Ernie Isley of the Isley Brothers Interview – Holding onto the bass for dear life with Ernie Isley (Part 2 of 3) [Listen 34:30 min] S02 Ep15
Interview Date: August 13, 2012 @10 am EDT
Special Guest: Ernie Isley (of the Isley Brothers) - is a key member in one of the most famous soul/funk/R&R bands of all time. Ernie Isley was a crucial component in the band at a historic and transitional time in music; they changed the sound of the band's early music with songs like “This Old Heart of Mine” and “Shout” and advanced into their later funk driven sound with songs like "Fight the Power Pts. 1 & 2," "Harvest for the World," "Voyage to Atlantis," and “That Lady.” Ernie Isley helped make the Isley brothers one of the few groups that have charted in five consecutive decades. In this podcast we talk about why Jimi Hendrix had difficulty catching in America, the first time Ernie was in the studio to record "It's your thing," the 3 + 3 recording sessions, and the Beatles inspiration and introduction in America.
Attention Everyone: This is a Snobbery!
In these days of music snobs and jokes like “I'm into bands that haven't even formed yet.” As great as some artists are lauded now and pasted on the front cover of magazines and whose image sell millions of t-shirts, some never got the popularity nor the due respect simply because they were too advanced for the population or market to accept. All this despite skill, mettle, integrity, or whatever you wish to say that separates a band from the crowd but also separates them so far for them to fail to realize success. Ironically, while recognition is the measure and aim (often) of budding artists pushing their craft to new levels hoping to make it big, the market and larger population tends to be pretty conservative.
But this is the market. And there's more than one side. The Delfonics probably wouldn't have such a cult following if it weren't so cool to be into the band before they broke, or never broke but should have. If every band that finally made it had a nickel from everyone who said they were into them before they got popular, well, let's just say that there would be a lot more money to go around to feed the starving artists, perhaps to the ends of time.
This is the priceless and intangible commodity; the je nes sais quoi of music appreciation. Lest not we forget Hammond's Folley: Bob Dylan. Hammond's Folley was the moniker given to Dylan because Columbia Records' A&R man John Hammond signed Dylan, and produced his album which sold poorly at first and Hammond's bosses found such disfavour with Dylan they dubbed him “Hammond's Folley.” In fact, the Columbia Record execs didn't authorize his signing. It was Hammond's persistence and rebellious nature to go ahead and sign him despite his superiors objections. Obviously, he had an ear more advanced than the execs; Dylan's success and Hammond's reputation more than show for it.
There are scores of bands that influenced others and helped launch them into stardom but never got to reap the same degree of success. Jimi Hendrix credited the Isley Brothers because reporters fascinated by his sound wanted to know how he developed and would ask him directly what bands he was into and influenced by. Often, Hendrix would only mention the Isley Brothers.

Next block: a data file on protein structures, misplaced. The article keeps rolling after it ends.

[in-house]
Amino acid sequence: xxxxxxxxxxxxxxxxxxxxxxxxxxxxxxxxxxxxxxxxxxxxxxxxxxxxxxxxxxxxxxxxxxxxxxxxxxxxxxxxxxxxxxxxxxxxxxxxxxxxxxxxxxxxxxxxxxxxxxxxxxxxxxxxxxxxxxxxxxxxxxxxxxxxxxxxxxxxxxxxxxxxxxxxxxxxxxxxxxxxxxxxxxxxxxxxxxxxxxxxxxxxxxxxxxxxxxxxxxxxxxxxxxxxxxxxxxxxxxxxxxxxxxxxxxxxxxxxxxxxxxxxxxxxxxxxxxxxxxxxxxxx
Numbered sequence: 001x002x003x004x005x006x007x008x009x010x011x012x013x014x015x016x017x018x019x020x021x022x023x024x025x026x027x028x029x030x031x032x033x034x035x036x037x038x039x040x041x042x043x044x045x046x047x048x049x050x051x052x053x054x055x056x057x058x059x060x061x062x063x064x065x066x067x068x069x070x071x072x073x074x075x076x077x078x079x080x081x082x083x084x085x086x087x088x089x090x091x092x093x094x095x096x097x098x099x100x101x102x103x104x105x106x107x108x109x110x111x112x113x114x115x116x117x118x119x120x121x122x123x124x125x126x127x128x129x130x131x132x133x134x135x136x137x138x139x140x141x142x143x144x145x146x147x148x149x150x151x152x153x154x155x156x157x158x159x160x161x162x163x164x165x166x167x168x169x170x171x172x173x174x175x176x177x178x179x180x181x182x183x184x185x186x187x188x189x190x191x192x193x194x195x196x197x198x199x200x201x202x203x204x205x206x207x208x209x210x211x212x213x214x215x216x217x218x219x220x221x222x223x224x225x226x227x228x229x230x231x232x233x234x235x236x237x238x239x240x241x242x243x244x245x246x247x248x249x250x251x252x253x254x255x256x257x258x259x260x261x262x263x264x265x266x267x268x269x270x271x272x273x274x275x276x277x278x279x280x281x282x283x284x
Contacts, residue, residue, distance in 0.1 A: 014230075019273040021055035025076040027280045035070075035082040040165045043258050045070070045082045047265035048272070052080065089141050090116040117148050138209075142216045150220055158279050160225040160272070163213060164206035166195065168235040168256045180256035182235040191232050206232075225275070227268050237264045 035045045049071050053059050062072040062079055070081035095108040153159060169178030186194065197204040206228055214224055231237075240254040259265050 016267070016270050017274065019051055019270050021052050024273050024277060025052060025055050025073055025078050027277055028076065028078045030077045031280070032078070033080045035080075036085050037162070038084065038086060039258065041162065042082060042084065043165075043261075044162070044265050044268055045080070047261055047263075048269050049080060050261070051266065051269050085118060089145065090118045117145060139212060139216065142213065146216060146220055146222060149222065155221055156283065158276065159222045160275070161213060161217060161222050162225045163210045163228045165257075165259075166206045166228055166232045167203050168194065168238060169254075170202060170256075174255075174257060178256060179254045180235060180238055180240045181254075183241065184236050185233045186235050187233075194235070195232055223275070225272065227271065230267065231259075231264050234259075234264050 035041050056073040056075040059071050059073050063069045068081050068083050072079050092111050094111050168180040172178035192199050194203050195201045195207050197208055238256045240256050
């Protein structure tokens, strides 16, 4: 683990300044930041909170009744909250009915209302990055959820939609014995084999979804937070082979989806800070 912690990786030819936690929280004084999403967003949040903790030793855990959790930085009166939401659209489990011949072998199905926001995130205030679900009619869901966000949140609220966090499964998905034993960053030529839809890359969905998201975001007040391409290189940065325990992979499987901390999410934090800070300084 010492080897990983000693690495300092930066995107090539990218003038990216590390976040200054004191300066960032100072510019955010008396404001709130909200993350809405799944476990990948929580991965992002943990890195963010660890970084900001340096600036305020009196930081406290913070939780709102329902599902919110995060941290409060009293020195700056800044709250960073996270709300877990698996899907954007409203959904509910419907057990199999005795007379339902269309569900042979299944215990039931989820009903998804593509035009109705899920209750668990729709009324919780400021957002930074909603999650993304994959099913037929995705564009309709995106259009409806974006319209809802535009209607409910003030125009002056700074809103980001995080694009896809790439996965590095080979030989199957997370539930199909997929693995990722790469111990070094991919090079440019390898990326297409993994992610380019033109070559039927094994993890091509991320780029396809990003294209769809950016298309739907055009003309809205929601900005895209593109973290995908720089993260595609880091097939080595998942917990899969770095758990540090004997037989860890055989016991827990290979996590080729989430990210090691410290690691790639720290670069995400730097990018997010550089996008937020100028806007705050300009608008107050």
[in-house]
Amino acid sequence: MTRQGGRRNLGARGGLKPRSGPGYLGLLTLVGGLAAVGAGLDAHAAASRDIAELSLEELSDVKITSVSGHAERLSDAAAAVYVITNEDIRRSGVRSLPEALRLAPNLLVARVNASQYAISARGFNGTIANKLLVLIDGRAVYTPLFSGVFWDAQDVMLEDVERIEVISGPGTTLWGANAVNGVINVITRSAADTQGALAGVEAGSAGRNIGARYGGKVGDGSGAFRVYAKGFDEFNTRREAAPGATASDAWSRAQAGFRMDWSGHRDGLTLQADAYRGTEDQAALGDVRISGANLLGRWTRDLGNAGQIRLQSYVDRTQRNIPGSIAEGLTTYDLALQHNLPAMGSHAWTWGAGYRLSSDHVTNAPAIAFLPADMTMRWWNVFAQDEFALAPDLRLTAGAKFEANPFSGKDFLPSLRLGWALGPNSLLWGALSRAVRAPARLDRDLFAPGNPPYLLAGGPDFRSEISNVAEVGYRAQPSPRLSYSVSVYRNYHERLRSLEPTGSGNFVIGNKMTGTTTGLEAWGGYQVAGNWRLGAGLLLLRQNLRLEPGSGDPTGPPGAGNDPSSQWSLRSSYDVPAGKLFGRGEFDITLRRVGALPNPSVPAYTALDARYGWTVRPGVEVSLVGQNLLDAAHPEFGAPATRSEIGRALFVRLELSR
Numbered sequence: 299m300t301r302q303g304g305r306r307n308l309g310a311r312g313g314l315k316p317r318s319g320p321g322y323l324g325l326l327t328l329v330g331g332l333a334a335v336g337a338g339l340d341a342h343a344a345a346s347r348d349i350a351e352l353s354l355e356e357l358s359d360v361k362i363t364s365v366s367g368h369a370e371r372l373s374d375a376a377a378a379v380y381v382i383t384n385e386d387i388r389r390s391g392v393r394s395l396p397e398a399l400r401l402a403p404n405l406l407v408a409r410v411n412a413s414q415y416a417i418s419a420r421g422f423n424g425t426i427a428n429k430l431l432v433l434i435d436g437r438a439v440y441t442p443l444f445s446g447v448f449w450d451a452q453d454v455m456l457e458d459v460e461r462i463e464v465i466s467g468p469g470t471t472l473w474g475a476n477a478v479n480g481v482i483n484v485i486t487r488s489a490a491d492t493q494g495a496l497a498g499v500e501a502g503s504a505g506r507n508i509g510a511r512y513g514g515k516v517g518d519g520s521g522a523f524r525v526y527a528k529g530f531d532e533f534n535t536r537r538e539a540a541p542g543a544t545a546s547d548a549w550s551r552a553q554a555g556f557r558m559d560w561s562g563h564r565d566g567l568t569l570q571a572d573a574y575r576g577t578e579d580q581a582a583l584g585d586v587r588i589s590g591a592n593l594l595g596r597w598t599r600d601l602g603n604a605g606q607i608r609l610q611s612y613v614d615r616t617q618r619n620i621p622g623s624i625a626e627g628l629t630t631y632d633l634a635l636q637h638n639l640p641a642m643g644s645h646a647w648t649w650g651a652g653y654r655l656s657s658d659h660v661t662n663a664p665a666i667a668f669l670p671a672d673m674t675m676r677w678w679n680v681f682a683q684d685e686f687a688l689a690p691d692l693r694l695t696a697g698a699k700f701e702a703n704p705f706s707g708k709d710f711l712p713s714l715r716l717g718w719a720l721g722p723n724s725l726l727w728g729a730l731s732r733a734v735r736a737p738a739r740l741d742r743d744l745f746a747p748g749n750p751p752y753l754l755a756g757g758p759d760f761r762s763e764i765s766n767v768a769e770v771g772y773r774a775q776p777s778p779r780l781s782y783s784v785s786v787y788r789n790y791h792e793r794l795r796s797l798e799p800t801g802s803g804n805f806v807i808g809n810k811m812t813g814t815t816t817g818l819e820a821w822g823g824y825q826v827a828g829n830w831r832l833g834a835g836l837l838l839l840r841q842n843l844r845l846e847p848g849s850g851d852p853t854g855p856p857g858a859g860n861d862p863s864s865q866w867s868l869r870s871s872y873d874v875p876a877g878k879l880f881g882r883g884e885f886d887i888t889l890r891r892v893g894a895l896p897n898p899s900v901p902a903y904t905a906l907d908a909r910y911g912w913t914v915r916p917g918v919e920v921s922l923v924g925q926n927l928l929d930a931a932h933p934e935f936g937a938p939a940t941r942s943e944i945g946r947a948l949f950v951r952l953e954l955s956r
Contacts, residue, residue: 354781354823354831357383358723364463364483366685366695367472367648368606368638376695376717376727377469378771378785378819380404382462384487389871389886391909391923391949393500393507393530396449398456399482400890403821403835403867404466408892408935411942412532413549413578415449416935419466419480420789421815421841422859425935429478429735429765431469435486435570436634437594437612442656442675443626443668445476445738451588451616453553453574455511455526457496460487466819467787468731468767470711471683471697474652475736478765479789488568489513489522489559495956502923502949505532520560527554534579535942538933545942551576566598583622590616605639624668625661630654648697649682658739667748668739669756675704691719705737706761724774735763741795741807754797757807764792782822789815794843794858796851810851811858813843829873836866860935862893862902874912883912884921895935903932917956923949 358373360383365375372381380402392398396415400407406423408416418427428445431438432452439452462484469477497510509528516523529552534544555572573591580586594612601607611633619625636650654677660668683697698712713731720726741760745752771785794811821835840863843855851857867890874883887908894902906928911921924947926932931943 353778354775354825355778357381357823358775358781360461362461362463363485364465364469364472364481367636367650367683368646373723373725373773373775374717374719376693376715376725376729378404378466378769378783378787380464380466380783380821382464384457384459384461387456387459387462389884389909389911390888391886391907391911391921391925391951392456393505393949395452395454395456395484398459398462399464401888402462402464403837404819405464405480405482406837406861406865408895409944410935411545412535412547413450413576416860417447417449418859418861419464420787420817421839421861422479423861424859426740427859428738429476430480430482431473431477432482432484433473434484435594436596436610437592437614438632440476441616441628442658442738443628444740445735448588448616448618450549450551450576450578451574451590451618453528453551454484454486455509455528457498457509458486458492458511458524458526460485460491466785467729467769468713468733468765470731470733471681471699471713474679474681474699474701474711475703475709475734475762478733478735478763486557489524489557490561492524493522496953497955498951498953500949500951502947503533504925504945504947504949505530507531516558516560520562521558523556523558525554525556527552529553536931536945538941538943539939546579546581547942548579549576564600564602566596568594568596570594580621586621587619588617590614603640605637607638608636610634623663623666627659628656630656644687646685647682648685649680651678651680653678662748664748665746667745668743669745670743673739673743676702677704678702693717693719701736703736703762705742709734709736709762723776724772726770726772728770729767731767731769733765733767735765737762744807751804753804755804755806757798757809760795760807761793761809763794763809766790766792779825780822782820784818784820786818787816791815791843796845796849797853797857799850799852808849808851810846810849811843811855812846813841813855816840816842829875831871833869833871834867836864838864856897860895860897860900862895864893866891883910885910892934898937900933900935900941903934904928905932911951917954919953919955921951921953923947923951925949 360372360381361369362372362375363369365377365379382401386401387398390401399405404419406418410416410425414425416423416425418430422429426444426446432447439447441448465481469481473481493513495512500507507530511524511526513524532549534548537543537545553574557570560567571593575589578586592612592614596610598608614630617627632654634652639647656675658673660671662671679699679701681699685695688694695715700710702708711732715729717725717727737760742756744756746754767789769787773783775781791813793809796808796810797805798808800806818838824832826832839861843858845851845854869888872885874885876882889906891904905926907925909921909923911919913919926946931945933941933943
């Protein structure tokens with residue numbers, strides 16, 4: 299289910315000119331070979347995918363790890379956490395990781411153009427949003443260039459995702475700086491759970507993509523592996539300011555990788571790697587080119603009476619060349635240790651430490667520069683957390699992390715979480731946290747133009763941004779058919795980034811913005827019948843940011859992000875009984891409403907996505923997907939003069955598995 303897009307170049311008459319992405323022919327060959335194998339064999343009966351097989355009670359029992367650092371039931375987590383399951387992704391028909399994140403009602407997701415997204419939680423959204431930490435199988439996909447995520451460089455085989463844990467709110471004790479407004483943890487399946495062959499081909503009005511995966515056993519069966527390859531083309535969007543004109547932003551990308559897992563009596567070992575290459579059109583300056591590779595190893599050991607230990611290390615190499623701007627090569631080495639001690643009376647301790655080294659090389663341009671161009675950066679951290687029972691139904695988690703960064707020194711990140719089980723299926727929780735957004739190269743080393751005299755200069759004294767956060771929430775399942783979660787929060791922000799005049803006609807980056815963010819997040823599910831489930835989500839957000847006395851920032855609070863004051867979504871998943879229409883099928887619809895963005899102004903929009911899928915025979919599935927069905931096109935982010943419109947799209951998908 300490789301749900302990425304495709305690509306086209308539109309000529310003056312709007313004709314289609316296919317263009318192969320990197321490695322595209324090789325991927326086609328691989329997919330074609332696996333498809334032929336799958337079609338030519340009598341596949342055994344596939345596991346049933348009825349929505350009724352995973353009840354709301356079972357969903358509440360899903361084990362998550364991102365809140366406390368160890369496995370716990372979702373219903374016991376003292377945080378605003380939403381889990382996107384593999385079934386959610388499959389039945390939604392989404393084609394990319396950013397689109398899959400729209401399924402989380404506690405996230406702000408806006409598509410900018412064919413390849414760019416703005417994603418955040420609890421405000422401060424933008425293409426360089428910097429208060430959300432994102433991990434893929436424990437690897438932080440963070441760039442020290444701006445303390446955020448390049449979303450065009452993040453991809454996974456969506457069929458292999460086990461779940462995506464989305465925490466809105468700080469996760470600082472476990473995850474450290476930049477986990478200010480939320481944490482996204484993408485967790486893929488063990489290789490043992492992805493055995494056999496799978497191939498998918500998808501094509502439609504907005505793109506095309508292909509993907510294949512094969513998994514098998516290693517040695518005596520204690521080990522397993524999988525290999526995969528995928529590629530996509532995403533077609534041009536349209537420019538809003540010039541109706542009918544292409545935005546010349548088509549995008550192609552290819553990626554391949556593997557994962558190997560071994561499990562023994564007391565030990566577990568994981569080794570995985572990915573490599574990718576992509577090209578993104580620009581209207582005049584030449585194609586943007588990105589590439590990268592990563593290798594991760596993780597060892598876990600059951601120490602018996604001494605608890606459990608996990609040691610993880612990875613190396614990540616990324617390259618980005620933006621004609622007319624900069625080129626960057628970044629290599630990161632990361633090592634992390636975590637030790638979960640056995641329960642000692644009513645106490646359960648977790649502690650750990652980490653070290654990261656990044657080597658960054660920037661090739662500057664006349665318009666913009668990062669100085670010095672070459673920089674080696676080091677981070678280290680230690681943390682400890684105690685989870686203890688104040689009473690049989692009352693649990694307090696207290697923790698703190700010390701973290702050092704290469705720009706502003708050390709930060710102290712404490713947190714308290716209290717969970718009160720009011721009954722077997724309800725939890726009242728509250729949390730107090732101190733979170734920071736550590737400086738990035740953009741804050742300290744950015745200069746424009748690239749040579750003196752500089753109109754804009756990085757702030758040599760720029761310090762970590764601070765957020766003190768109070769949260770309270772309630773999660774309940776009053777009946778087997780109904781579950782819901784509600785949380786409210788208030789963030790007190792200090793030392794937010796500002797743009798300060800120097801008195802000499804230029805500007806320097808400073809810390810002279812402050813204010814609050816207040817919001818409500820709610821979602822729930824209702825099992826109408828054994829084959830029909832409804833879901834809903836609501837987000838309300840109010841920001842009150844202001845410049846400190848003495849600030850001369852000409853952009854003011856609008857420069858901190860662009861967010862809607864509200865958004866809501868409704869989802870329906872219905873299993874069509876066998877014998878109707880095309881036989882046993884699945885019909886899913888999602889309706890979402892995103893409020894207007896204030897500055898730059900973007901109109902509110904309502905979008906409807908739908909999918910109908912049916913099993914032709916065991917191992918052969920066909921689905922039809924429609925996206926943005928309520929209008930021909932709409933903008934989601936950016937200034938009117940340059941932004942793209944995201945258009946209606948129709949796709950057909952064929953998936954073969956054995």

Also, unfortunately, as time wears on influences get forgotten and stories get simplified. As Ernie Isley describes in the interview, finding McCartney in his audience, they happened to have a great meeting, and the two gushed on each other great respect. And while the same three names of Elvis, Carl Perkins, and Chuck Berry get mentioned as the influences of the Beatles, McCartney told Isley that the Beatles would never have gotten out of Liverpool had it not been for the Isley Brothers, and he got up on stage and said so to give them homage.
It's a mercurial nature of where a sound takes hold. Place and time are never consistent. Hendrix said that he really learned to play while he was in Memphis because the audiences were so hard and everybody there played guitar, but Memphis got to be limiting pretty quickly in terms of sound; that plus the race issue made it difficult to gain success there. In the U.S. in '63 only the major metropolitan areas were where mixed race bands were accepted; elsewhere, they were often shut down or forced out. Countless stories could be told. During this time, and the influx of the British Invasion, Hendrix was told that he just wouldn't sell in America. This is how Jimi was spirited away to the U.K.
But I'm not talking about the race issue here, it's the general acceptance issue-if their music was appreciated. The same goes for fine art and literature. Artists sometimes never get the recognition they deserve until they're dead.
And still, musicians get passed over because they were too advanced. All this considering the valuable commodity and bragging rights of being into the band that hasn't broke yet, but on the verge. Unfortunately, some remain on the verge and only make it to a revered cult following; such has been said of Sun Ra and Frank Zappa.
But what makes the long hours of research so rewarding is honing that appreciation to be able to flesh out the bands that had that sound, or skill, or philosophy, or audacity to push music in another direction but just weren't pushed, promoted, discovered, or simply just weren't accepted in their time and passed over. It's not just collecting, it's honing an appreciation and relishing the reward. It brings a higher level of integrity to music snob.
We thought we'd pay a little respect to some of the artists who didn't get their due in their day.
Considered by most as only a joke at first. I bet you own a t-shirt with their name on it.
P.S. Dylan releases his new album, "Tempest" around the second week of September